Students gain real-life research skills with high school course
Maeve Carrigg is collecting bugs. Evan Garcia is talking to state legislators — and a former governor. Molly Rioux is contacting health professionals all over the country. Karley Richard and John Kertscher are surveying their peers.
The Dartmouth High schoolers are among a group of 52 juniors and seniors conducting their own research projects as part of the school’s recently reinstated AP Research class.
AP Research makes up the second part of the two-year AP Capstone program, which was brought back to the school last year after a years-long hiatus.
The program started in 2014 as a way to develop students’ skills in research, analysis, writing and presenting rather than subject-specific learning.
It includes AP Seminar — a one-year class focused on basic research skills, comprising group work and a final presentation — and the more self-directed AP Research class, which started up again this year.
English teacher Will Higgins taught the Capstone program years ago, and is teaching it again this time around.
He said he’s happy to see it back at the high school.
“The thing I love about it is that the kids get to take on things that they're passionate about,” Higgins explained. “You don’t get a lot of chances to do that in high school.”
Students develop their own research question and gather their own data to contribute to academia, with a final paper and a presentation of their findings at the end of the year.
“They have to create actual data from this,” said Higgins, adding that they follow the same rules and processes — including institutional ethics reviews for human survey subjects — as professional scientists and researchers.
“It’s like an independent research project you might take on in college,” he noted.
Expert advisers for the projects include teachers, professors, scientists and other professionals, and for Evan Garcia, former Massachusetts governor Michael Dukakis.
Dukakis — along with state Rep. Chris Markey — is advising Garcia on his project exploring how the state government is responding to the Covid pandemic.
“I’m contacting all of the members of the legislature and giving them a survey to fill out,” the junior explained. “It asks them about how they responded to Covid so far, and what their thoughts are on the response from the state.”
“It’s definitely a very interesting opportunity,” he said of the class. “It’s not something that you traditionally see in the educational setting, to do this kind of research undertaking.”
Junior Molly Rioux agreed.
“It's a really interesting class,” she said. “It is a lot of work, but it’s very rewarding!”
For her project, Rioux is looking into the influence of socio-economic factors on women’s reproductive health, and has been interviewing health experts from New Bedford to Arizona.
“I was surprised by some of the information I’ve collected so far,” she said. “That’s the exciting part of it too...Not only is it new to you, but it may very well be new to thousands of people. That’s part of the thrill!”
For Maeve Carrigg, who has been interested in science since fifth grade, the thrill is being able to conduct her own scientific research — and use devices in the lab she hasn’t used before.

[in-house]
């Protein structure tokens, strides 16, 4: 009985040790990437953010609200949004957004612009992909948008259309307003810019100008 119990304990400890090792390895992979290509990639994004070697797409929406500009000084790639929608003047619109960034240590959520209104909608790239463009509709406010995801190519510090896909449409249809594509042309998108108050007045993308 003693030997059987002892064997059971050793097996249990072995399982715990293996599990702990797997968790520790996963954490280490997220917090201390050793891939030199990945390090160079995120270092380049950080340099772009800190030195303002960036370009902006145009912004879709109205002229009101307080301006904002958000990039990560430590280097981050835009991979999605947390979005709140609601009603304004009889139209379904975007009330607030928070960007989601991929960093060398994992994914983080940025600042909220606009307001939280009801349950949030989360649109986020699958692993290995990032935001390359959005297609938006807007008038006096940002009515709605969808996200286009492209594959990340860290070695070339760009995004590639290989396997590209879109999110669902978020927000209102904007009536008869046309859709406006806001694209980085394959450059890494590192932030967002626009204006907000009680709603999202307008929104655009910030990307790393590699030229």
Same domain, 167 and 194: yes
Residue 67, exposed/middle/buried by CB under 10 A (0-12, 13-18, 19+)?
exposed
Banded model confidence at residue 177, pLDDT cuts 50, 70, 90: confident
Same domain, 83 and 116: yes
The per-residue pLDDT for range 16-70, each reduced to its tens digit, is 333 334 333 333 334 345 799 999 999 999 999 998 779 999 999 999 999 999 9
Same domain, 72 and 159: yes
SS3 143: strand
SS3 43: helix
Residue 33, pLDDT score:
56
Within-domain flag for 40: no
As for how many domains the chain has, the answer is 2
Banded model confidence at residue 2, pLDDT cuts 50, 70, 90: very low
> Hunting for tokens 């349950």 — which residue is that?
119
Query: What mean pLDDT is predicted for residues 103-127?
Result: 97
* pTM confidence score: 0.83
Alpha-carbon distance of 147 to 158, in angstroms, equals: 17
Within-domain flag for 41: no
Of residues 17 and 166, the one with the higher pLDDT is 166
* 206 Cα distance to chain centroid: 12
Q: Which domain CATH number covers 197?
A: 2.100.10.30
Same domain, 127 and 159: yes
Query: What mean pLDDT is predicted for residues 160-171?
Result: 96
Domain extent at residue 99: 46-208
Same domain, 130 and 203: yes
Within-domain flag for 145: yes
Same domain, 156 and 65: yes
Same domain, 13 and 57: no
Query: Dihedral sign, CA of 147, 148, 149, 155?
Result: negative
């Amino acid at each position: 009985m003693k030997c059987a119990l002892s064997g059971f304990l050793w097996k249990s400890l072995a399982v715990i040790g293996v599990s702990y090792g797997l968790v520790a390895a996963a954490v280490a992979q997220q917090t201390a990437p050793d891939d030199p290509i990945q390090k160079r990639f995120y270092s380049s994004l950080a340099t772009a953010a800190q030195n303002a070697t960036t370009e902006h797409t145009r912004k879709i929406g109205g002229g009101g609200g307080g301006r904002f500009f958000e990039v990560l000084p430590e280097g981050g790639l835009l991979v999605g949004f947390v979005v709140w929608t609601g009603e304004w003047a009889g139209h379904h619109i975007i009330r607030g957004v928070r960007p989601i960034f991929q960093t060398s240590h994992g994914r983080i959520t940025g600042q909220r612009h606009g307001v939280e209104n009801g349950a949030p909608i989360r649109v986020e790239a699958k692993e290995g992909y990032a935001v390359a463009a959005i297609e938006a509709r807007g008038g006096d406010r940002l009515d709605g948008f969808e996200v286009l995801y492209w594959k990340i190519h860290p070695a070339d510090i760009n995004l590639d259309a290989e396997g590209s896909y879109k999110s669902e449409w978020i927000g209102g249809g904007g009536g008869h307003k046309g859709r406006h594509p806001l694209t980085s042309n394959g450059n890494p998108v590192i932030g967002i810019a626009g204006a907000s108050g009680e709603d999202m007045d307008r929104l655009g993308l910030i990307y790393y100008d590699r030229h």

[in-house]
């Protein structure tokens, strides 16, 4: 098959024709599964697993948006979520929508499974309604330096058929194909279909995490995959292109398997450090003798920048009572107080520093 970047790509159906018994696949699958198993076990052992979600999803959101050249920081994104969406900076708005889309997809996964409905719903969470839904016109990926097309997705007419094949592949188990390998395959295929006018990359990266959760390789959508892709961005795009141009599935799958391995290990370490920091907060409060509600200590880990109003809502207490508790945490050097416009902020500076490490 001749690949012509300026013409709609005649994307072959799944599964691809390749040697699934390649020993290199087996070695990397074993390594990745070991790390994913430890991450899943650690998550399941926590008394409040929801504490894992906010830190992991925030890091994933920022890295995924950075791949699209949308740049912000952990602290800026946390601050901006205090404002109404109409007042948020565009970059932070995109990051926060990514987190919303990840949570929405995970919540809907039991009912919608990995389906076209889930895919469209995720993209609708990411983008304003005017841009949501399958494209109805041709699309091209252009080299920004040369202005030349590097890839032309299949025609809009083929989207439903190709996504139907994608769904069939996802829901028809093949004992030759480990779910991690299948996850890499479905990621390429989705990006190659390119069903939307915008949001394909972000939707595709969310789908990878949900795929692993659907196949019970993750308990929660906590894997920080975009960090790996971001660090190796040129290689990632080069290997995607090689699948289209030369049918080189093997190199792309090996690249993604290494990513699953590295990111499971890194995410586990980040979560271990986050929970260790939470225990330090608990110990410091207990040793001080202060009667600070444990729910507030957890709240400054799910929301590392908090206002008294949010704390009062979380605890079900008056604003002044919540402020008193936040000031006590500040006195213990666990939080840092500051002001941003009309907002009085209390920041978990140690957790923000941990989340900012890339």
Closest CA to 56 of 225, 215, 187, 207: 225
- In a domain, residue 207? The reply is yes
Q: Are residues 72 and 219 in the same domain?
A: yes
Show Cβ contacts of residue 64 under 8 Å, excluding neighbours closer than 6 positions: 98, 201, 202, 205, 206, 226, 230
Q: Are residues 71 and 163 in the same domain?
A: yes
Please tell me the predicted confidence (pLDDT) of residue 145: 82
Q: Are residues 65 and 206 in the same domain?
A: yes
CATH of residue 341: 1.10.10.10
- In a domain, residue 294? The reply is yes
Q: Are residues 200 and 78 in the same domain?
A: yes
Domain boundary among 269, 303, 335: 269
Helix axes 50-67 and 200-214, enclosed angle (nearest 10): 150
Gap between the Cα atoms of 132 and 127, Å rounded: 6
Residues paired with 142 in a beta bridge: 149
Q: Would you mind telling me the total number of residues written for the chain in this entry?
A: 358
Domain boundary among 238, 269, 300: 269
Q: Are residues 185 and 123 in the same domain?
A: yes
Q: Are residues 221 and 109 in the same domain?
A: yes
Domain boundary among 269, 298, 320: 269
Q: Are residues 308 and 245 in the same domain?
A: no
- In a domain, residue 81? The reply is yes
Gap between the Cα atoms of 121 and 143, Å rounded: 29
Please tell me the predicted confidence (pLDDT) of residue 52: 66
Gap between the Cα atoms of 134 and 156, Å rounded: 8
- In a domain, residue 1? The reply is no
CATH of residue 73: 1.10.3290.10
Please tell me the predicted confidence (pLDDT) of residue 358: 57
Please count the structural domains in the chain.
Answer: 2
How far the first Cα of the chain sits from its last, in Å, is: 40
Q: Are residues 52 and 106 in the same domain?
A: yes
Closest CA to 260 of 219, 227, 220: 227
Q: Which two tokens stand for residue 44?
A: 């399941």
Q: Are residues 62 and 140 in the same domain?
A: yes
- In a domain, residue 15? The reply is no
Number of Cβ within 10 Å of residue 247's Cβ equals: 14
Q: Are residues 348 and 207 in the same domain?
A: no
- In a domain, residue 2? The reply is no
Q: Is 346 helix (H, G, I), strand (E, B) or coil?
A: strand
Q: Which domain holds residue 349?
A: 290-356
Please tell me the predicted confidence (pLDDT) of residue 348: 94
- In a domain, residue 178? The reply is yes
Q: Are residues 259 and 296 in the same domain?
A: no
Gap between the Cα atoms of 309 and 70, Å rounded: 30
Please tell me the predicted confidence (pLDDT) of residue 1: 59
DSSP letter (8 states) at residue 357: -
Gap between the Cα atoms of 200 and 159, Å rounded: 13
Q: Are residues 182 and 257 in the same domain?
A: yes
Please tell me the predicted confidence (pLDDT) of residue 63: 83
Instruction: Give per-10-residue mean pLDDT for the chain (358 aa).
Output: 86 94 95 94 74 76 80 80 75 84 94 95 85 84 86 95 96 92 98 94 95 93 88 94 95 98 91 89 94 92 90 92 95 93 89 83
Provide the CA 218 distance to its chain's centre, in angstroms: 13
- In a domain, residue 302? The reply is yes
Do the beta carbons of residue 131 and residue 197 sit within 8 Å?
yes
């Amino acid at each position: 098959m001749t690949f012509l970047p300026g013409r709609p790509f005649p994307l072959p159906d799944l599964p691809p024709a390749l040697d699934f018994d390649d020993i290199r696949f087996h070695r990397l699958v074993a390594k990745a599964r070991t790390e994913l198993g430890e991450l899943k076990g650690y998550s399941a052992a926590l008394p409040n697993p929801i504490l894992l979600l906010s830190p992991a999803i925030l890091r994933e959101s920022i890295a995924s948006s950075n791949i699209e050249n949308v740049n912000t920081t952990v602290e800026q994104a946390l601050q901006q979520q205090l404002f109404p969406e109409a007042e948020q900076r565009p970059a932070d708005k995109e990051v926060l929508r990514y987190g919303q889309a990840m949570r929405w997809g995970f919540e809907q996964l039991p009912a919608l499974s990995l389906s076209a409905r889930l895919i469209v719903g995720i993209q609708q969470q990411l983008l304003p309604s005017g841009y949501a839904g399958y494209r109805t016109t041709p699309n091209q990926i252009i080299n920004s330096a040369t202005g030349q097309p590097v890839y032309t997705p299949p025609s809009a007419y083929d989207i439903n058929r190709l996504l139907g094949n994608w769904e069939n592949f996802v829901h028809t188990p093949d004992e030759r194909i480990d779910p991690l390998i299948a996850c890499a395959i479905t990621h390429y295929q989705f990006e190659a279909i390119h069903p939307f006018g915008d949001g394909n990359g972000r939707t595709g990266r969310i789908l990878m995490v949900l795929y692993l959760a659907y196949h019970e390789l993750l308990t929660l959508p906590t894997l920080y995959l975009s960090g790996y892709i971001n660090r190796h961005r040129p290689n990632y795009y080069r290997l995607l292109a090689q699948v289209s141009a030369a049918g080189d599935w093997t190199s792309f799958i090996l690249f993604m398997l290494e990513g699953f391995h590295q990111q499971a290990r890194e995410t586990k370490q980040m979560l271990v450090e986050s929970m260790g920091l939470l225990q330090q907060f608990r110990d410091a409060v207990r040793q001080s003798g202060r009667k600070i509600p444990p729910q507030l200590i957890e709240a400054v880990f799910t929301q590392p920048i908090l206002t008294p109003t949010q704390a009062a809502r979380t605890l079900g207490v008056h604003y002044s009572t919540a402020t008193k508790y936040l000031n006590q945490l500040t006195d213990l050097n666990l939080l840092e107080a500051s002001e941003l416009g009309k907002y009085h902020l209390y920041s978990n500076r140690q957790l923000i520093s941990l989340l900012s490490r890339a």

Carrigg is collecting local bugs and looking at their DNA to see if they have a certain type of bacteria — called Wolbachia — that can prevent the spread of diseases such as Dengue and Zika.
The class has given her the chance to see what it would be like actually conducting her own experiments, she said. “If I want to do that later in life, it’s given me a doorway to do that.”
And although finding the bugs in winter has been the only challenge so far, she noted, it isn’t always challenging.
“[One day] I was sitting in class taking notes when a bug flew onto my Chromebook,” she laughed. “So I was able to collect it!”
Other students are surveying their peers or community members as part of their research.
Karley Richard is studying informal music therapy, or how young adults use music to make themselves feel better if they’re having a bad day.
She’s interested in finding out if it has a positive effect on mental health, and if all types of music are equally effective.
As part of the school marching band and indoor percussion ensemble, Richard said, she’s “very involved with music.”
“I like to listen to music a lot to make myself feel better, specifically in the car,” she noted, adding that many of her peers do the same.
Meanwhile fellow junior John Kertscher is also surveying fellow teens as part of his project on how social media algorithms affect people’s political extremism.
“Especially in this election cycle, I noticed there’s a huge divide between the different ideological groups,” he said. “So I decided to examine specifically how this technology impacts us.”
He said he appreciates the professional applications of the work that they’re doing in the class.
“It’s really the first class that I’ve taken that’s taught me how to properly format and gather data,” he noted. “It’s a lot more difficult than other classes. But I think it’s absolutely worth it.”
“I thought that this class was going to be a burden to get over with for the Capstone program,” agreed Richard. “But I'm actually having way more fun than I thought I would be having!”